The GeoViewer provides a 3D interactive view of rock strata, for mine planning and other geological applications. The user can position the viewpoint anywhere in the space and see rock layers as graphical objects. Color and texture show the material of the rock layers, and a mouse click will pop-up a text box describing the material at a point. Hidden structure can be seen through transparent surfaces, and wire-frame views speed up interactive changes in the viewpoint. However, it can be difficult to see the identity of the rock layers in the various visual modes, and pop-up text obstructs the view.

impact granite limestone shale marble
abstract granite limestone shale marble
verbal granite limestone shale marble

The question "what type of rock is this?" has four nominal answers: granite, limestone, shale, and marble. This information is local to a point, and absolute identification enables attention to remain on the task, without a switch to a reference. The TaDa requirements were used to look-up everyday examples with similar task and data structure from the EarBenders database. The three best matches were shaking cereal containers to determine the contents, kicking garbage bags at a recycling depot to sort them, and listening to the weather outside the tent to decide whether to sleep-in. If the semantics of the sound design are not obvious, then one of these examples may suggest a suitable everyday scheme. Otherwise it may be necessary to fall back on an "abstract" scheme of musical instrument timbres. The examples also provide auditory structure which may be analyzed for regularities that may inform the sound design. Perceptual aspects that are common to all the examples, such as {Sound Type = categorical}, were copied straight into the sound design, and are shown with an asterisk in Table 1.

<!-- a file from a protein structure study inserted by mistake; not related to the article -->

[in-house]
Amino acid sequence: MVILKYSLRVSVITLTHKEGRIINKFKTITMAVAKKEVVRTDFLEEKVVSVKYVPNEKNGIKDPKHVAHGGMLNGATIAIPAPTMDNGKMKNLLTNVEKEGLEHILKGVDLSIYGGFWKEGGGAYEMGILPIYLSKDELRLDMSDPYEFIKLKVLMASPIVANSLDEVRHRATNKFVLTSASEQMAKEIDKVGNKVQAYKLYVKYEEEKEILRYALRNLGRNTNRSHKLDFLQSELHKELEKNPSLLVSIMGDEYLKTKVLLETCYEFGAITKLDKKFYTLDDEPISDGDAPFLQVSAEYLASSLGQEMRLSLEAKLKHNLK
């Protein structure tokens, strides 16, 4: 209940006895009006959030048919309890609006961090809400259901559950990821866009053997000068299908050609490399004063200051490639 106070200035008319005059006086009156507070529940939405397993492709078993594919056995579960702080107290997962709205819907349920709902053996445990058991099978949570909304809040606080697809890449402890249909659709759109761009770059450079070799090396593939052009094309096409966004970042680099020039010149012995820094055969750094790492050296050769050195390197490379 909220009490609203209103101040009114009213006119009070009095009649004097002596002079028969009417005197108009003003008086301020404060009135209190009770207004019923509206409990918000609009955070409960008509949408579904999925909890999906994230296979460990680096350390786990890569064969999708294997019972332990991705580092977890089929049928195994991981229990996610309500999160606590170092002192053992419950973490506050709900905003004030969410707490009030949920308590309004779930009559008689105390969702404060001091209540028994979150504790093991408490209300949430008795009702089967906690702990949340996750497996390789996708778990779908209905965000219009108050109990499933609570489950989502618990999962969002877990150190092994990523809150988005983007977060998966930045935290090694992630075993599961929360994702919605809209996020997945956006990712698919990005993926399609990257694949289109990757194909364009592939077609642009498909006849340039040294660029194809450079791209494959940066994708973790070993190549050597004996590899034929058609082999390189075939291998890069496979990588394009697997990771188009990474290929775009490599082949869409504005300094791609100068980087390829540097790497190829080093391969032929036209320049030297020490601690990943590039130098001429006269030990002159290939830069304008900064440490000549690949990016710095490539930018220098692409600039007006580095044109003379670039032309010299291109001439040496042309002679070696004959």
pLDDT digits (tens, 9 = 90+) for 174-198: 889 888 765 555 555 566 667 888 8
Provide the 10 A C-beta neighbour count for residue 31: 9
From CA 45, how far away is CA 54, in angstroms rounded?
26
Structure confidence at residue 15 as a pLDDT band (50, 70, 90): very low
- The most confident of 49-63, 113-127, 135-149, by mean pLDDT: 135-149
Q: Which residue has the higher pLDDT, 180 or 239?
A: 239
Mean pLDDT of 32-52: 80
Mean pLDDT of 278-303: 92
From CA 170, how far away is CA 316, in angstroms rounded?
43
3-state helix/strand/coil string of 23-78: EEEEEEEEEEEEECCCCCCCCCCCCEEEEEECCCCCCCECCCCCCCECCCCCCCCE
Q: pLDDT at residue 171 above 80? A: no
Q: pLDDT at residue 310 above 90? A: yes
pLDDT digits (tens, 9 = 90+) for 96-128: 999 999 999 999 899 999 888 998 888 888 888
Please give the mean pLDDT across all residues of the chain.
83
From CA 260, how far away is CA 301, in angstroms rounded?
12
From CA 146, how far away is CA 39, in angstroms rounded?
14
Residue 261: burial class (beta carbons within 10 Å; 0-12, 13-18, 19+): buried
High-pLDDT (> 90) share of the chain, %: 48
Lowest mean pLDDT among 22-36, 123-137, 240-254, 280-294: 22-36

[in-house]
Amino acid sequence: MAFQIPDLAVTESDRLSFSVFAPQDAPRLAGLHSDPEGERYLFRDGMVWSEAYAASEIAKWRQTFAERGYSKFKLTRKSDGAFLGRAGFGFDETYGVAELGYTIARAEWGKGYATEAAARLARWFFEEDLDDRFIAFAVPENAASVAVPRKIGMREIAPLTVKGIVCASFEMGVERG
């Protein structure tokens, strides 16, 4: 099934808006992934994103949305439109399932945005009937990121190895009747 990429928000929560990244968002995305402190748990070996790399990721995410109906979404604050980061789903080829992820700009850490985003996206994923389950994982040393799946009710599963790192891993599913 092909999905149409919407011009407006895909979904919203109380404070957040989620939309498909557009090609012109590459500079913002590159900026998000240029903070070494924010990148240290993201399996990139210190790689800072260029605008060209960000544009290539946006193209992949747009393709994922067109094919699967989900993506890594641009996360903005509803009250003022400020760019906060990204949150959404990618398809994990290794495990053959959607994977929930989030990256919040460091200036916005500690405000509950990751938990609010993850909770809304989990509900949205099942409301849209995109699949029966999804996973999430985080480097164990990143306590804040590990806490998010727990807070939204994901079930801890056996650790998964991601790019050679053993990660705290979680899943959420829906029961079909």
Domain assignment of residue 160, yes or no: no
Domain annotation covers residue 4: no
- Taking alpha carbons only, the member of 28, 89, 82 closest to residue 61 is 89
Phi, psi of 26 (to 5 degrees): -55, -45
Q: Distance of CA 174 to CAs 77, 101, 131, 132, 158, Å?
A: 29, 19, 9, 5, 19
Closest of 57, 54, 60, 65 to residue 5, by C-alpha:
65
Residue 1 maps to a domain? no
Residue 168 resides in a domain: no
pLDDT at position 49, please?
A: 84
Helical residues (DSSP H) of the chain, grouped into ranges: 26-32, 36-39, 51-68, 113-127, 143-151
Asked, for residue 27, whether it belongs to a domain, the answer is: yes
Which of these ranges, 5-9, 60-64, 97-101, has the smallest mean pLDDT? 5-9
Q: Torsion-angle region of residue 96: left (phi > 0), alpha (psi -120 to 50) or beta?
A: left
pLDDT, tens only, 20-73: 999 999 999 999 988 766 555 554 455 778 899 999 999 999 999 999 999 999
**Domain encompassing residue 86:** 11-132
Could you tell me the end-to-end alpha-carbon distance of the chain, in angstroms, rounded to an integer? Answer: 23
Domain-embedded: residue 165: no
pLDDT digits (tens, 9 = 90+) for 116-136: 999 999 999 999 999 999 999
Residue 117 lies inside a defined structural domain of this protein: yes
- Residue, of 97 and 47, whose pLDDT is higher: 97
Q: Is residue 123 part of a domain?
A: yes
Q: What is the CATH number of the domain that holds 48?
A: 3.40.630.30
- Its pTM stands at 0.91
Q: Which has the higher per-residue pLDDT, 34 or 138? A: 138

Scenario Description
Requirements Analysis
Sound Design
TitleMining ExplorationGeneric?what is it?Answersdifferent types*
StorytellerChris G.PurposeidentifyNaturenon-verbal*
Question ?what rock is it?Task Type DiscreteStreamssingle*
AnswerCoal, sandstone Task Style exploration Occurrence isolated
Elementsrock typesInfo LevellocalPatterndiscrete

Info RelationabsoluteMovementstationary

Info TypenominalTypecategorical*

Data TypenominalCompoundintegral*


The rule-base suggests that perceptually-equally-different timbres can represent categorical information because they do not imply a spurious ordering of the elements. Personify was used to choose four equally different timbres. The display device is a palette of musical instrument samples played on a Sun workstation. Each rock was arbitrarily assigned an instrument timbre at constant pitch and brightness: granite = cello, limestone = tenor sax, shale = English horn, marble = trombone.

The GeoViewer plays a one-second sample of an identifying timbre when the user taps on a rock with the mouse. A rock strata that is difficult to visually identify can be heard, without having to divert visual attention to a text. An unexpected advantage became apparent when the interface was used. The sounds allow the front-most surface at an intersection of strata to be disambiguated by tapping there, saving on a distracting and computationally expensive change of viewpoint operation. A development could provide information about the number and material of overlapping hidden layers.